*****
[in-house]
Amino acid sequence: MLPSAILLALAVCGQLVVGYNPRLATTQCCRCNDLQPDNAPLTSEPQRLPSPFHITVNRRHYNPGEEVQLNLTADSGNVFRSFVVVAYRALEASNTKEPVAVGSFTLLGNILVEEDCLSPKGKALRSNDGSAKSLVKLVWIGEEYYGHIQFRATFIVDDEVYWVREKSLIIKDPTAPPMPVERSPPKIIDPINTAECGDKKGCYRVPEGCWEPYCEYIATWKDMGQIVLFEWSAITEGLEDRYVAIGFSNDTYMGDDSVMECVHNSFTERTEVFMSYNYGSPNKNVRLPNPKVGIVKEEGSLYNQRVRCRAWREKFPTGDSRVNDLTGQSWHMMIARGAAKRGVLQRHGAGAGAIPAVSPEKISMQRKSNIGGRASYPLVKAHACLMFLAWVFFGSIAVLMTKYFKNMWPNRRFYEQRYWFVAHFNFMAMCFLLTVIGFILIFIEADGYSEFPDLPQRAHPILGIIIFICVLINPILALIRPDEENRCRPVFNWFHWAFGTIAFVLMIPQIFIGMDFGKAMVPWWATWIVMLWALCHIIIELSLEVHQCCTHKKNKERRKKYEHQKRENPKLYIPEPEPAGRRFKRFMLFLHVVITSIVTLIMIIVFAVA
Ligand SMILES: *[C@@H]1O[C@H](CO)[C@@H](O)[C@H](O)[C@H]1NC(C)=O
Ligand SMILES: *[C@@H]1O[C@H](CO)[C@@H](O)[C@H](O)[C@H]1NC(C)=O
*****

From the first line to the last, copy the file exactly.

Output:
[in-house]
Amino acid sequence: MLPSAILLALAVCGQLVVGYNPRLATTQCCRCNDLQPDNAPLTSEPQRLPSPFHITVNRRHYNPGEEVQLNLTADSGNVFRSFVVVAYRALEASNTKEPVAVGSFTLLGNILVEEDCLSPKGKALRSNDGSAKSLVKLVWIGEEYYGHIQFRATFIVDDEVYWVREKSLIIKDPTAPPMPVERSPPKIIDPINTAECGDKKGCYRVPEGCWEPYCEYIATWKDMGQIVLFEWSAITEGLEDRYVAIGFSNDTYMGDDSVMECVHNSFTERTEVFMSYNYGSPNKNVRLPNPKVGIVKEEGSLYNQRVRCRAWREKFPTGDSRVNDLTGQSWHMMIARGAAKRGVLQRHGAGAGAIPAVSPEKISMQRKSNIGGRASYPLVKAHACLMFLAWVFFGSIAVLMTKYFKNMWPNRRFYEQRYWFVAHFNFMAMCFLLTVIGFILIFIEADGYSEFPDLPQRAHPILGIIIFICVLINPILALIRPDEENRCRPVFNWFHWAFGTIAFVLMIPQIFIGMDFGKAMVPWWATWIVMLWALCHIIIELSLEVHQCCTHKKNKERRKKYEHQKRENPKLYIPEPEPAGRRFKRFMLFLHVVITSIVTLIMIIVFAVA
Ligand SMILES: *[C@@H]1O[C@H](CO)[C@@H](O)[C@H](O)[C@H]1NC(C)=O
Ligand SMILES: *[C@@H]1O[C@H](CO)[C@@H](O)[C@H](O)[C@H]1NC(C)=O